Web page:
The substrate support member 204 is attached to an actuator shaft 218 disposed through the bottom of the enclosure 202. The actuator shaft 218 is connected to an actuator 220 which facilitates movement of the substrate support member 204 to various positions in the chamber. A slit valve 226 disposed on a sidewall of the enclosure 202 facilitates transfer of substrates into and out of the chamber. A substrate lift assembly 222 disposed relative to the substrate support member 204 facilitates positioning of a substrate onto and off of the substrate support member 204. During processing, the substrate support member 204 positions a substrate below a cover ring 224 disposed on a lower portion of the shield 208 to shield the perimeter edge of the substrate from deposition.
FIG. 3 is a schematic cross-sectional view of an exemplary CVD chamber useful for performing the processes of the invention. The CVD chamber shown is a CVD TxZ™ chamber, commercially available from Applied Materials, Inc., of Santa Clara, Calif. The TxZ™ chamber is suitable for the deposition of a metal containing precursor of the present invention in the presence of a reactant gas for depositing a metal oxide and/or metal nitride film by either a thermal or plasma enhanced decomposition process.
 In the thermal deposition process, a precursor gas is injected into the chamber through the showerhead 340 at a pressure of between about 100 miliiTorr and about 10 Torr while the pedestal 332 supports and heats the substrate 336 to an elevated temperature above the decomposition temperature of the precursor of about 100° C. or higher, and preferably from between about 250° C. and about 450° C. The reactant gas is introduced to the precursor gas in the volume located directly above the substrate. A conductive and conformal metal and/or metal nitride layer is conformally deposited on the substrate 336.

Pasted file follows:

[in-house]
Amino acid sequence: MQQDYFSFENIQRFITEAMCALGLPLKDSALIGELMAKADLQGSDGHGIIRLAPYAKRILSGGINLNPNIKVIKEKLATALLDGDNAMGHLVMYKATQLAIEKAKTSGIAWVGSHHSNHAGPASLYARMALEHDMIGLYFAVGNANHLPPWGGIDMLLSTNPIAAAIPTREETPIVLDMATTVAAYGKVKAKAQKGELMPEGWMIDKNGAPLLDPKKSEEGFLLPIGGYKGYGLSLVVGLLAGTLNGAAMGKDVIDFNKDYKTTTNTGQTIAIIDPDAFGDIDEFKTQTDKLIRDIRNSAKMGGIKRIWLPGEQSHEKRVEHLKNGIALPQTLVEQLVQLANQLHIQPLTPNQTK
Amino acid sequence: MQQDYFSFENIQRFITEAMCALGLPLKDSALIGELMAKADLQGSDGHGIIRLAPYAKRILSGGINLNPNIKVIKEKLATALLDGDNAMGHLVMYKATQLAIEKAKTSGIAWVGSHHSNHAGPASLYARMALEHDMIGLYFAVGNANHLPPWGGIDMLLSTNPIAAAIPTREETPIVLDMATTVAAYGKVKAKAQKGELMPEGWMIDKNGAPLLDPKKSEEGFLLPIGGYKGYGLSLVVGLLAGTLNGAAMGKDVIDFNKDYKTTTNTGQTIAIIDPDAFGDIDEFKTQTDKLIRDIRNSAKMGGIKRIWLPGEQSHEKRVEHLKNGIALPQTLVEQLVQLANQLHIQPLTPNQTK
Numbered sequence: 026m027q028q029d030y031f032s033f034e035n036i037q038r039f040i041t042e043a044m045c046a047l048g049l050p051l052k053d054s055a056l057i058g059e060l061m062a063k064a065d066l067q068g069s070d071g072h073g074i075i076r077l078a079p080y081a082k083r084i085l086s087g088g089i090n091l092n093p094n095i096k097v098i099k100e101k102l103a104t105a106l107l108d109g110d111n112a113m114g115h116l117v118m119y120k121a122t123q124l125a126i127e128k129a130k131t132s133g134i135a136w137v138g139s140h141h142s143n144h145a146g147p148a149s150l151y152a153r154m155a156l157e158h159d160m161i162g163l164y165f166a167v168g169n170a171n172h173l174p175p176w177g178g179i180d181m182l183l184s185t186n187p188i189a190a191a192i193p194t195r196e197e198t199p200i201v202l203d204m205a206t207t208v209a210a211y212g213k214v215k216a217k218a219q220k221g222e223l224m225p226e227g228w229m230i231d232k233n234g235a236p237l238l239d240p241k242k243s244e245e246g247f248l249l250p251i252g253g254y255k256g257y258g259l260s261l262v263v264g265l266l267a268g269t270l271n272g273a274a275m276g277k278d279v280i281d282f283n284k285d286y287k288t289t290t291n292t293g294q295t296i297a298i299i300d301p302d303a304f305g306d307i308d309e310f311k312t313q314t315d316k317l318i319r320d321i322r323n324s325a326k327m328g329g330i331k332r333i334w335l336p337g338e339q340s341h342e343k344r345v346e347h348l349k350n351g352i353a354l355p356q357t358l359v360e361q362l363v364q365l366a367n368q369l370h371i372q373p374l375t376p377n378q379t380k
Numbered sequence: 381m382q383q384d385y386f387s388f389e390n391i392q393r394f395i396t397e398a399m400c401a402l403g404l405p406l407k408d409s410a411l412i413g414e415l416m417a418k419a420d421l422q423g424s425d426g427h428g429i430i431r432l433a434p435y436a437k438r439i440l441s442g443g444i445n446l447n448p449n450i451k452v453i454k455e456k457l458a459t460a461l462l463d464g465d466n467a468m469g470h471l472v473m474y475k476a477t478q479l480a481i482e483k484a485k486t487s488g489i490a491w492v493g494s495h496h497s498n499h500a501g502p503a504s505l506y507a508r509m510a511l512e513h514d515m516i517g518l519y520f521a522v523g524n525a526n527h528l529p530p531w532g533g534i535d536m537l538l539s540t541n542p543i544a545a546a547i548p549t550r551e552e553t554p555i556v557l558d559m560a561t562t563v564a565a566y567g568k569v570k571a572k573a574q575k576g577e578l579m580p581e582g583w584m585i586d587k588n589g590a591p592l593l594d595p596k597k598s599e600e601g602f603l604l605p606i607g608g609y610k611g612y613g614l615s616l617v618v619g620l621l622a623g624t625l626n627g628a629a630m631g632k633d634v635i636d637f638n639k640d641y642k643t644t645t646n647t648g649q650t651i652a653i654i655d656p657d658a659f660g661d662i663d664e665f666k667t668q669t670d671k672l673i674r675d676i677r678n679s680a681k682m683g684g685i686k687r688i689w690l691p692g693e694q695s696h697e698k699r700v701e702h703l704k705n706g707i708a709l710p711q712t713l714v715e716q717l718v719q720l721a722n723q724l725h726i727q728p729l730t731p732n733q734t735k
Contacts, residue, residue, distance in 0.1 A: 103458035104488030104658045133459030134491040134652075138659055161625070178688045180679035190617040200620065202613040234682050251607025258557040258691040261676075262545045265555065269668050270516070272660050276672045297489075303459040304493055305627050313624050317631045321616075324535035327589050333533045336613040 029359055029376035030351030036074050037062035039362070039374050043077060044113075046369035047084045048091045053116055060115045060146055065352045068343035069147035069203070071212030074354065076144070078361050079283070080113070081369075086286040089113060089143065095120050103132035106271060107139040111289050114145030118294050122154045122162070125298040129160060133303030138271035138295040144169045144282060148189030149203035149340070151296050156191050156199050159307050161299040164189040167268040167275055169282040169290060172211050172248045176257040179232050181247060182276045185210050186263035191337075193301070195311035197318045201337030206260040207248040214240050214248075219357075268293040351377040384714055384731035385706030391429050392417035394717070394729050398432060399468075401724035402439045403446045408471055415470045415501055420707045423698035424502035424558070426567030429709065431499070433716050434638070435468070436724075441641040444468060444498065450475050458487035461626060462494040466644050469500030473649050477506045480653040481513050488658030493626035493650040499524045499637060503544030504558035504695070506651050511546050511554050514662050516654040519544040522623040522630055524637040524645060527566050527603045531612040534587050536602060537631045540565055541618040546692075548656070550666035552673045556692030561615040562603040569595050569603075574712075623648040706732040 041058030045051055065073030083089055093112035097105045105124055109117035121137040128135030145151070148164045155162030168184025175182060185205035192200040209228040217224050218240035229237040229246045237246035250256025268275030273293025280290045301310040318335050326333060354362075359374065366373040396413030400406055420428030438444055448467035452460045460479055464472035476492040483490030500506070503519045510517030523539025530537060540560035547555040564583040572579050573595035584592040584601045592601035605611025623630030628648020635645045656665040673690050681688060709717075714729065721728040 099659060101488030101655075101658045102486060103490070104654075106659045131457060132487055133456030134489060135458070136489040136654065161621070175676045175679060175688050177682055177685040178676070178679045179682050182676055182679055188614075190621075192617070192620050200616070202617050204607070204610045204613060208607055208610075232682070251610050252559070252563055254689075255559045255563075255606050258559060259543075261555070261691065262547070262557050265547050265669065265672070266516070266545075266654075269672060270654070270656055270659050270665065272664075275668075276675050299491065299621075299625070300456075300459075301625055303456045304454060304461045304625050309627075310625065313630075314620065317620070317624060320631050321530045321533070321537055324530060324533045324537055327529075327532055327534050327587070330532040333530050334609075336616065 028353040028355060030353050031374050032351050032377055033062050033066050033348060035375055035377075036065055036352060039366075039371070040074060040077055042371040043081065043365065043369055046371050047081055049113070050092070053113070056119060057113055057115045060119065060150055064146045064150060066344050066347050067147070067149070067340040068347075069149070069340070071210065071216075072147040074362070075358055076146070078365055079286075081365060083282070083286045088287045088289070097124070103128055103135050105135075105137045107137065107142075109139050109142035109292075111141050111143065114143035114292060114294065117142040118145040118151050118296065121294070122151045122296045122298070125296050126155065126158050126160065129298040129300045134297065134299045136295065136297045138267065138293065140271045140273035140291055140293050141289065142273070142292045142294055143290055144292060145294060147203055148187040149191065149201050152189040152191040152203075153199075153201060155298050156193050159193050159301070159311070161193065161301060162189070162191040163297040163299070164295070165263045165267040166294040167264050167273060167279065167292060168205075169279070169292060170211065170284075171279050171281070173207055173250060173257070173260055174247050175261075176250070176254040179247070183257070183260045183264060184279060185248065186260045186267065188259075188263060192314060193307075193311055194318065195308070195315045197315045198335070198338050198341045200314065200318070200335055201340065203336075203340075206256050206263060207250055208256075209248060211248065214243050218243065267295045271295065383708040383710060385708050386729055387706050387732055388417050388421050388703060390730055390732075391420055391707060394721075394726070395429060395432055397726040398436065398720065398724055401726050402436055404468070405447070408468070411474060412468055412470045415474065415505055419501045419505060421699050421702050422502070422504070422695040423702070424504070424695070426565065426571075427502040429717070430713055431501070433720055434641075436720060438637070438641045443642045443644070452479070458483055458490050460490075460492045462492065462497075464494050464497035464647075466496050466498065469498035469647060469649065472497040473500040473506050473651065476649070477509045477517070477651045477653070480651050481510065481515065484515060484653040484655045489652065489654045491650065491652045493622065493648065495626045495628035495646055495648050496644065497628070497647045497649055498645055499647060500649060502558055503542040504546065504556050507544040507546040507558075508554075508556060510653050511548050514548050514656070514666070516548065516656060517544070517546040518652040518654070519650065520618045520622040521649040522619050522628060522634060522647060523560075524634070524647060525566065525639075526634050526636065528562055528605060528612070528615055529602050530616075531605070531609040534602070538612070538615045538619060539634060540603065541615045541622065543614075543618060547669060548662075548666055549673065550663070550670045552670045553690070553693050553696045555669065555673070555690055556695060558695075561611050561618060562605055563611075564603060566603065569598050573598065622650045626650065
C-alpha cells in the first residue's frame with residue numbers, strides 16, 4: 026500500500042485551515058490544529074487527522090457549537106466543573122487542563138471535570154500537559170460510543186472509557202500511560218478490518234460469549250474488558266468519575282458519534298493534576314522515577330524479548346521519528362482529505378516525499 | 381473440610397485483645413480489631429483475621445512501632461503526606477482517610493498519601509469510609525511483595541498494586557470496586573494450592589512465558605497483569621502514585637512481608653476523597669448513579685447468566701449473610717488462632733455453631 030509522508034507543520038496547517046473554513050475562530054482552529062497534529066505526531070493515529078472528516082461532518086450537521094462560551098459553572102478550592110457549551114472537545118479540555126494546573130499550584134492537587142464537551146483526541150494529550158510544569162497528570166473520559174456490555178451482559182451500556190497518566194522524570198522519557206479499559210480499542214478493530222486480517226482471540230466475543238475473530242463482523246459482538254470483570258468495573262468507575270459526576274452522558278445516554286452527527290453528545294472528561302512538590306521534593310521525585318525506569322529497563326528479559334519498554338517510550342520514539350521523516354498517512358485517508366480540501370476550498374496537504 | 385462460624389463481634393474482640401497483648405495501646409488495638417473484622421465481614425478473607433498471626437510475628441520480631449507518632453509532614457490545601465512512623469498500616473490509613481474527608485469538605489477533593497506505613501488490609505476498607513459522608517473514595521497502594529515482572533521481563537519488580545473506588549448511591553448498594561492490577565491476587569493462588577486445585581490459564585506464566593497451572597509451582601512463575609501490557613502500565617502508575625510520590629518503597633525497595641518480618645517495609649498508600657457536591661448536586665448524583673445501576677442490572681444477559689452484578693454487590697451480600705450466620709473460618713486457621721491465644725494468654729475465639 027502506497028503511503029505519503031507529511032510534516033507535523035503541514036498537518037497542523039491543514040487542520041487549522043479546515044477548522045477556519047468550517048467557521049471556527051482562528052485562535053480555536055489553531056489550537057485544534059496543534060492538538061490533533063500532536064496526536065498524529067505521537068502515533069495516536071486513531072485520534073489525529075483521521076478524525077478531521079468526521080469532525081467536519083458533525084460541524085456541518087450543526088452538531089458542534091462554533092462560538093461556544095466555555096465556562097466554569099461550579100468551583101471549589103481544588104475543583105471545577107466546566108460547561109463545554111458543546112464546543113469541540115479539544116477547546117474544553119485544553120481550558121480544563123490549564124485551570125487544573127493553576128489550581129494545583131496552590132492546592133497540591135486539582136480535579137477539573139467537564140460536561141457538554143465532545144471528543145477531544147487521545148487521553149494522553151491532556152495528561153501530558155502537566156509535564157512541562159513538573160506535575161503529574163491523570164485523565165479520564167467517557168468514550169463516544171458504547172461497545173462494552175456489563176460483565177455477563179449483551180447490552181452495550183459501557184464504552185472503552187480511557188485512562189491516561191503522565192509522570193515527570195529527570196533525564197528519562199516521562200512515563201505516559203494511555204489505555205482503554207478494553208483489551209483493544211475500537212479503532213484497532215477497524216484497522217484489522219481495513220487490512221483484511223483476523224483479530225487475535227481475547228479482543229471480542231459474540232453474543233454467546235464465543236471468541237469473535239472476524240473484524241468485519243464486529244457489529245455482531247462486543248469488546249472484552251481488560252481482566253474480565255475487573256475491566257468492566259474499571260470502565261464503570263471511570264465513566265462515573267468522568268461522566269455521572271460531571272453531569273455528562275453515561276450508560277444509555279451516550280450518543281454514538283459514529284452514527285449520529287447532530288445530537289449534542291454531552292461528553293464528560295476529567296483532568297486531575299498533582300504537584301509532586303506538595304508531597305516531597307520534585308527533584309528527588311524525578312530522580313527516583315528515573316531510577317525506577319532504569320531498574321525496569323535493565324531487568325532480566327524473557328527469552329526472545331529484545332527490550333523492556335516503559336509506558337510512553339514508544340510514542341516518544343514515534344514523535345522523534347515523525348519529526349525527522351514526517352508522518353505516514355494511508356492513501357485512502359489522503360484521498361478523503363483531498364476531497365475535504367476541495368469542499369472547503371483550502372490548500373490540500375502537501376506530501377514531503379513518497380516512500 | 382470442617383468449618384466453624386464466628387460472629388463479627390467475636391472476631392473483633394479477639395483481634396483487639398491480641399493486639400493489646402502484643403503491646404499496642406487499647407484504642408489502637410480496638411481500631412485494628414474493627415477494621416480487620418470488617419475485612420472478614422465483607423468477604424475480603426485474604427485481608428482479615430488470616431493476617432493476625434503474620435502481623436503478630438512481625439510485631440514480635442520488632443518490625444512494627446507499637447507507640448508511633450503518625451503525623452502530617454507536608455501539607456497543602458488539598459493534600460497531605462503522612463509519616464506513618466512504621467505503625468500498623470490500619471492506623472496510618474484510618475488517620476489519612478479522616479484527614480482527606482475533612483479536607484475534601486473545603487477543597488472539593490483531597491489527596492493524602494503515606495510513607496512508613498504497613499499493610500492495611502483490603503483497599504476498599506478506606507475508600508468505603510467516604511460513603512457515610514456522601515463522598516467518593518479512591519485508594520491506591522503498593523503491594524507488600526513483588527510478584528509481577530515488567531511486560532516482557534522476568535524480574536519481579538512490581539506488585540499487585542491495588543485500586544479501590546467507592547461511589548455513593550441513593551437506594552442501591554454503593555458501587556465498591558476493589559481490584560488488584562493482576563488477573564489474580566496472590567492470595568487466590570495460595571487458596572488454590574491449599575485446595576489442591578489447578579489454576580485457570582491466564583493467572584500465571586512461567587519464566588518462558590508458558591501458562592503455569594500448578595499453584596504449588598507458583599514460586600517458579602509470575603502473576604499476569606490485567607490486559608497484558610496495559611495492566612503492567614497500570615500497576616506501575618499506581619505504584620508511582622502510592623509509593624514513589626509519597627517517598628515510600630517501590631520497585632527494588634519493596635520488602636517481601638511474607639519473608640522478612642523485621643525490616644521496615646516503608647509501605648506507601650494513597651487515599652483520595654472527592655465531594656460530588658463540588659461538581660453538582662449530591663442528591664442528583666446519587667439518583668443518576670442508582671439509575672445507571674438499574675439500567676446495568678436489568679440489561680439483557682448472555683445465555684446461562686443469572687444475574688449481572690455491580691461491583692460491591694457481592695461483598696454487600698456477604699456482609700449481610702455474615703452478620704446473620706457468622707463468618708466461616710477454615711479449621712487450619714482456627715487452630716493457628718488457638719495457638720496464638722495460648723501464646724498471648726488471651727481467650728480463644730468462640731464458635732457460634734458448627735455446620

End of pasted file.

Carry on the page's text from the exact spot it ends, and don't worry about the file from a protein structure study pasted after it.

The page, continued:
In case where a plasma is desired during the deposition process or as a post deposition plasma treatment to remove impurities and densify the film, sufficient voltage and power is applied by an RF power source 394 to cause the process gas in the processing region 356 between the showerhead 340 and the pedestal 332 to discharge and to form a plasma.
 The CVD chamber 300 includes a pedestal 332 to support a substrate 336 on a supporting surface 334. Lift pins 338 are slidable within the pedestal 332 but are kept from falling out by conical heads on their upper ends. The lower ends of the lift pins 338 are engageable with vertically movable lifting ring 339 and thus can be lifted above the surface334 of the pedestal 332. With pedestal 332 in a lower loading position (slightly lower than a slit valve identified as “406” below), a robot blade (not shown) in cooperation with the lift pins 338 and the lifting ring 339 transfers the substrate 336 in and out of the chamber 300 through the slit valve 406, which can be vacuum-sealed to prevent the flow of gas into or out of the chamber through slit valve 406. Lift pins 338 raise an inserted substrate 336 off the robot blade, and then the pedestal 332 rises to transfer the substrate 336 the lift pins 338 onto the supporting surface 334 of the pedestal 332. A suitable robotics transfer assembly is described in commonly-assigned U.S. Pat. No. 4,951,601, issued to Maydan, the complete disclosure of which is incorporated herein by reference.
 Through the use of a self-aligning lift mechanism, the pedestal 332 then further raises the substrate 336 into close opposition to a gas distribution faceplate 340, often referred to as a showerhead, which includes a larger number of passageways 342 for jetting the process gas to the opposed substrate 336. The process gas is injected into the reactor 300 through a central gas inlet 344 in a gas-feed cover plate 346 to a first disk-shaped space or void 348 and from thence through passageways 350 in a baffle plate (or a gas blocker plate) 352 to a second disk-shaped space or void 354 in back of the showerhead 340. The showerhead 340 includes a large number of holes or passageways 342 for jetting the process gas into a processing space or zone 356. More specifically, process gas passes from the space or void 354, through the passageways 342 and into the processing space or zone 356 and towards the substrate 336.
 The process gas jets from the holes 342 in the showerhead 340 into the processing space or zone 356 between the showerhead 340 and pedestal 332 so as to react at the surface of the substrate 336. The process gas byproducts subsequently flow radially outwardly with respect to a central axis 400 across the edge of the substrate 336, and across a peripheral centering right 402 which is disposed in an annular ledge 404 recessed in the upper periphery of a pedestal 332. Then into an annular pumping channel 360 surrounding the upper periphery of the pedestal 332 when pedestal 332 is in the processing position.